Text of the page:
Districtwide program marks 100th anniversary of armistice

Keynote speaker Matthew Noll, left on stage with Sean McLaughlin, a retired U.S. Army lieutenant colonel and high school history teacher whom Noll called out during his speech as an example of service to his country, students in the school district and the community. Deployed several times over his 25-year career in the military, some of those calls to duty came while McLaughlin was teaching, Noll said. At the podium is Steve Tulli, who coordinated the Veterans Day program. NASHOBA VALLEY VOICE/ME JONES

AYER – World War I, called “the great war” and “the war to end all wars,” claimed millions of people’s lives during the four years it raged across Europe, from 1914 to 1918.

The United States joined the conflict in 1917.

The signing of an armistice on Nov. 11, 1918 ended hostilities. Other peace treaties followed, changing the continental map. The world would never be the same.

A century later, the historic date is marked with events in the U.S. and overseas to commemorate Armistice Day – now re-named Veterans Day.

Events like the Veterans Day program at Ayer Shirley Regional High School.

In an annual tradition dating back 20 years, the administration, staff and students rolled out the red carpet for veterans last Friday.

Following a complimentary breakfast at an Ayer eatery, the next stop was the high school on Washington Street., where the veterans talked about their service in a quartet of assigned classrooms.

The program, coordinated by Ayer Shirley Regional High School teacher Steve Tulli, wrapped with an assembly in the auditorium. It was a stirring, patriotic tribute start to finish, featuring a roll call of veterans – 35 in all – and performances by students and guests, including Minda Tiernan, Ayer Shirley Regional High School Class of 2020, who sang the National Anthem, a medley of service anthems played by the Ayer Shirley Regional High School Marching Band, directed by Tim Ketterer and a selection of songs by the International Veterans Chorus, directed by Fran Cooley. Based in Leominster, the chorus welcomes members from across the nation and all over the world, she said.

Page Hilltop Elementary School fifth-grader Tessa Lanteigne read an essay she wrote about her great grandfather, Frank Harmon, a Navy veteran. Sketching his service during the Korean War, she noted the ship he was on and his outfits, on board and off. Aboard ship, he wore a work shirt, she said, donning his uniform when ashore. Now he helps out at the Veterans Administration Hospital, among other things, she said.

Local veterans who spoke included Norman Albert, a WWII Marine veteran from Shirley, and Dave Sawyer, of Ayer, a retired Army lieutenant colonel who served 21 years on active duty. The two men represented their respective American Legion posts.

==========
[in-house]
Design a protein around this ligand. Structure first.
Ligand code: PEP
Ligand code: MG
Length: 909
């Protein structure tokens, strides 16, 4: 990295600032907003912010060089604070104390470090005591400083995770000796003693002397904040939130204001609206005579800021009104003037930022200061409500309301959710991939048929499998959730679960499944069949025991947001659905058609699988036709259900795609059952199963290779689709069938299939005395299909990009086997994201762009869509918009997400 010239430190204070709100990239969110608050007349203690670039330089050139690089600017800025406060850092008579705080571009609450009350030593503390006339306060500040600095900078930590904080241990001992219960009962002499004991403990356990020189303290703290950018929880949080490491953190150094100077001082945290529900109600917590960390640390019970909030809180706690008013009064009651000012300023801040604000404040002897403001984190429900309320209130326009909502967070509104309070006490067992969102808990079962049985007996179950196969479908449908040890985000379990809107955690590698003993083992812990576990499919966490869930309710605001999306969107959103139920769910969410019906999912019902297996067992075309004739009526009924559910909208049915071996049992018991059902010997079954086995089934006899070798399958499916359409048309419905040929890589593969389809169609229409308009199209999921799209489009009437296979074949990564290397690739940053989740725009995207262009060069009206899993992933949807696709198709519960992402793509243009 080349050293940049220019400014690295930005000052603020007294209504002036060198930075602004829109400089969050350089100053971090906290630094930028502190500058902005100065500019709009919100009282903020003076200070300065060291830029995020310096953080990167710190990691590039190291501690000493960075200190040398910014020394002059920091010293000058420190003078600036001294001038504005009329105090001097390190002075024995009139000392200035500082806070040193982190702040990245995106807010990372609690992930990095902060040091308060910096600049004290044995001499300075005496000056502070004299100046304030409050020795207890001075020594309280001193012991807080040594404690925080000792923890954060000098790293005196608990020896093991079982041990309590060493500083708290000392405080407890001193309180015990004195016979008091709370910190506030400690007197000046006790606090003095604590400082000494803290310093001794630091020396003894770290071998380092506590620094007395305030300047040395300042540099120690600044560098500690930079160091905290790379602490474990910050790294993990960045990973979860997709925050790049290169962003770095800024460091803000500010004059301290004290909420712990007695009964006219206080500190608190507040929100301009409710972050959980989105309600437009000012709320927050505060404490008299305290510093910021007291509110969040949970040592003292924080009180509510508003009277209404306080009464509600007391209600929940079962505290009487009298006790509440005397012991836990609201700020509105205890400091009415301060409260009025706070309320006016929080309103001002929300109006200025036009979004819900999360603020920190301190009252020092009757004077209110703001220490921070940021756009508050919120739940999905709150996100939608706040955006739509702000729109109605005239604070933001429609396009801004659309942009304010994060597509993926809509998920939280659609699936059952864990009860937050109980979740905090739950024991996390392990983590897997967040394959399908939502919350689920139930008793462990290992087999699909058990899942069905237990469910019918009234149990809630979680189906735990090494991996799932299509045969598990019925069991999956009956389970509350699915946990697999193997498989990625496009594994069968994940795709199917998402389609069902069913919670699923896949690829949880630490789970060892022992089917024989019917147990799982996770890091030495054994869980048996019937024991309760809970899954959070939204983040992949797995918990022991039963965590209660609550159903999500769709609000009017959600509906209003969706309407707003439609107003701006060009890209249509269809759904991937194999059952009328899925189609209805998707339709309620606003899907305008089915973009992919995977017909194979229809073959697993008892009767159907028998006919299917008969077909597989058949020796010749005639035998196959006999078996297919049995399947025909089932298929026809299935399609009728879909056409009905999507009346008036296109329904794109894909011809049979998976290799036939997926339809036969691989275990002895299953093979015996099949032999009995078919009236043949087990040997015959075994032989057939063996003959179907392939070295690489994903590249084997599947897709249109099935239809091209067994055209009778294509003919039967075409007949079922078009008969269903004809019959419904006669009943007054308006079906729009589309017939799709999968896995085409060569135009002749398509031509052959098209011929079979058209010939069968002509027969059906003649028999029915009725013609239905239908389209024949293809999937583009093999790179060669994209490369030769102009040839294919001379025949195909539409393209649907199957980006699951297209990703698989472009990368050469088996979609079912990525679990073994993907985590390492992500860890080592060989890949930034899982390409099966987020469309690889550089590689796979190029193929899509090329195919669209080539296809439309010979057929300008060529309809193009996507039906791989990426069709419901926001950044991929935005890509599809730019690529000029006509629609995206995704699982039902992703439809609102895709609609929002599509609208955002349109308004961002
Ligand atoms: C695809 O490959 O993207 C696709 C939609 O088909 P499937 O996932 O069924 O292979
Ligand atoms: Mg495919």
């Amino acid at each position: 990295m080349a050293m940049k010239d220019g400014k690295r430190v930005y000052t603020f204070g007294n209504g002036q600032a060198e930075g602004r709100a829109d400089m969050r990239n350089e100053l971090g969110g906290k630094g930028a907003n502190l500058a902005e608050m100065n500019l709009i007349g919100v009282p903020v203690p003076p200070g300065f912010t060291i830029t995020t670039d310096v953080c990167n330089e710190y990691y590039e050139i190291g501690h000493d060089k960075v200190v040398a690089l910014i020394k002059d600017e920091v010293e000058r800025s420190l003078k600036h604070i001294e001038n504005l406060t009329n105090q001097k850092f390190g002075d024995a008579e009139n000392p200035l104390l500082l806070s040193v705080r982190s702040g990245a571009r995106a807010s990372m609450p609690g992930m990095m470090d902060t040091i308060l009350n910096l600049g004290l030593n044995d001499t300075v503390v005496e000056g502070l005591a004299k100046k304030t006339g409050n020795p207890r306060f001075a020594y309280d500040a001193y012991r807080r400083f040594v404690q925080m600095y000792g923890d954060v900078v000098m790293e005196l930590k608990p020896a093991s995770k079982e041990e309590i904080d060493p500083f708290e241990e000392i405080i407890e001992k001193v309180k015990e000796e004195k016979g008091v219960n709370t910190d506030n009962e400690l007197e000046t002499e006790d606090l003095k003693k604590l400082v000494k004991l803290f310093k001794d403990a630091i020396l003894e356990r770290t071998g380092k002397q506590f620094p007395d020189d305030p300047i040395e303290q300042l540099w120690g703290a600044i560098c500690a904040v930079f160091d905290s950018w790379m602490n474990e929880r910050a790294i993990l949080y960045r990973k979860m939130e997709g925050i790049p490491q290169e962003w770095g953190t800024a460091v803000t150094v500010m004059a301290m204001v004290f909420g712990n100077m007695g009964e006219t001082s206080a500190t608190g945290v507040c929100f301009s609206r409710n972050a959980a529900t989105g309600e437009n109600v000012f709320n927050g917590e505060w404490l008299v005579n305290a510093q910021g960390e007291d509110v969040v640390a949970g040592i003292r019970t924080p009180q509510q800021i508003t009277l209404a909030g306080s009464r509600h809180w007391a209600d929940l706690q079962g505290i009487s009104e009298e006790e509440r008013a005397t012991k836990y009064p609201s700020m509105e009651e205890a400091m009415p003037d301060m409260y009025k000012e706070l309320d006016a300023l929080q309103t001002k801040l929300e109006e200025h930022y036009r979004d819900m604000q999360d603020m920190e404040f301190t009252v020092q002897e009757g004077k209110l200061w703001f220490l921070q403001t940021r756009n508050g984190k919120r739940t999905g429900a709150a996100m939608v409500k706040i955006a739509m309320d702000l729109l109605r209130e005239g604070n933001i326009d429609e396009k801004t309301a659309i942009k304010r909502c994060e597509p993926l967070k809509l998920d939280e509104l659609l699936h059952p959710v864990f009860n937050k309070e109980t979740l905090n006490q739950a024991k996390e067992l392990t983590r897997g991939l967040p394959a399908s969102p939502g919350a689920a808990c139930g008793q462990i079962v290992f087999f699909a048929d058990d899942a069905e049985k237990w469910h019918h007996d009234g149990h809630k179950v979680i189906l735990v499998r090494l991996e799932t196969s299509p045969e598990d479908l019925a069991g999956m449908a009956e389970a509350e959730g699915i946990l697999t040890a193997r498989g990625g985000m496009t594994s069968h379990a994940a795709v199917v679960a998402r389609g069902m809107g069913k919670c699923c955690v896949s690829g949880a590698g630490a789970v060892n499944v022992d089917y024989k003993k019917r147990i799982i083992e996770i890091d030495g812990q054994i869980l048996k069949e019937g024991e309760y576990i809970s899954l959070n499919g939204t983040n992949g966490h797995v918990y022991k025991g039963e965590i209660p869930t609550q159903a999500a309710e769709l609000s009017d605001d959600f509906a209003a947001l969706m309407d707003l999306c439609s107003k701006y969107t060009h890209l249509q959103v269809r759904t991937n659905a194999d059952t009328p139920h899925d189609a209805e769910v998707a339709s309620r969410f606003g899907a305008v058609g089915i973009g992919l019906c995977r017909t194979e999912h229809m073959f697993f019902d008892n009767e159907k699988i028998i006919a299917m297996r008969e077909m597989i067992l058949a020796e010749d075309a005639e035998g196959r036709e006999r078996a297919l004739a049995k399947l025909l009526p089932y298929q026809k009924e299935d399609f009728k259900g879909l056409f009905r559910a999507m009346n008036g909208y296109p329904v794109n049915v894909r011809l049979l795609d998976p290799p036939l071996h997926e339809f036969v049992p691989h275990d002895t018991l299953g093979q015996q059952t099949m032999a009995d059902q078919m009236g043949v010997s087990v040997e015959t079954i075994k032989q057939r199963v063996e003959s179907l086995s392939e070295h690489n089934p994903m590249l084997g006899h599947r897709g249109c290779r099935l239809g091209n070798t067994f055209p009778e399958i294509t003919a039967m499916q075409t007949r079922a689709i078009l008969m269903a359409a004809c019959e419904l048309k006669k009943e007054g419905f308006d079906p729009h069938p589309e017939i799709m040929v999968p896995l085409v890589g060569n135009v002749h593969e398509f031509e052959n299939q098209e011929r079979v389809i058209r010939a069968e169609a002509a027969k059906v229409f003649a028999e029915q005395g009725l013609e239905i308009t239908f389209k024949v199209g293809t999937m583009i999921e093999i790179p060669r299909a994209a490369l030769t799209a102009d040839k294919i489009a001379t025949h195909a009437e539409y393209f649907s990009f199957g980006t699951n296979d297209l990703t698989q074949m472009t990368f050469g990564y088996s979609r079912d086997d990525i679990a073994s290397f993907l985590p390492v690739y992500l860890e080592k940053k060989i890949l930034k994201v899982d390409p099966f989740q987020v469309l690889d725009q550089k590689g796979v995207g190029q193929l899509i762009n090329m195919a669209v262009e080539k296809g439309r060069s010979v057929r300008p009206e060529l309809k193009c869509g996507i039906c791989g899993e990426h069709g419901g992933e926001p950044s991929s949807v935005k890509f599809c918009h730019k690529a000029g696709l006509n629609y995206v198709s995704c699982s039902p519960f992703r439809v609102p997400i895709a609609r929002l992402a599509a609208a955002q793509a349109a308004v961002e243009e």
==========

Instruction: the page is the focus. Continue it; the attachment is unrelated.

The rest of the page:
Twelve empty seats in the front row were reserved for veterans who had passed away in recent years.

One of them was Phil O’Keefe, a former AHS teacher who died in February at age 75. “He’d be proud of the way we continue to honor our veterans,” Steve Tulli said.

2008 AHS graduate Matthew Anderson remembered his late father, a Vietnam veteran who had “plenty of amazing stories” to tell. “Everybody knew him,” he said. “Man, I miss him!”

Others who served the nation but did not survive the wars they fought in were recognized.

“We were the fortunate ones who were able to come home,” Albert said.

Sawyer thanked the school district and the town of Ayer for doing so much to honor veterans. “This town absolutely does it right,” he said.

The keynote speaker was Matthew John Noll, SSG U.S. Air Force. A 2002 graduate of the high school, Noll teaches fourth grade at the Lura A. White School in Shirley.

His speech was about the value of service.

“I was a military brat,” Noll said, noting a family tradition: Both grandfathers served in the military and his father spent 20 years in the Army.

“My brother is in the Infantry…so, of course, I joined the Air Force,” he said. Noll recalled a “short evening program” at the high school in 1999, when he was a sophomore. Diplomas were handed out to veterans who left school early to join the service in wartime, he said.

He also recalled the Sept. 11 terror attack on the U.S., when he was 16. His English teacher said “Everything is different now,” Noll said. “I had to do something.” Years later, he did.

Directing his remarks to students plotting their future course, he said that service is a worthy goal to pursue “as you think of what to do with your lives,” whether it’s in the military or in some other form, such as a helping profession, volunteer work, civic involvement or community service.

“I’m a teacher now,” he said, but he also thought of being a police officer or a school psychologist. Starting as a paraprofessional, during his tenure on the district staff he’s been a Lego Robotics coach as well. The key is to find ways to contribute, do something that helps others, he said.

That sense of duty is part of the legacy Veterans Day calls to mind, Noll said. “Every veteran here today has made so many sacrifices,” he said, from leaving loved ones to missing out on family occasions. The “invisible bruises” they carry around are hard to describe, he said, “like trying to explain color to someone who doesn’t know what color is.”

But events such as this one can start that conversation and are important. “They do mean a lot,” he said.

No matter what the future holds, service of some kind can be be part of it, Noll concluded. “Please, do something… whatever that may be,” he said.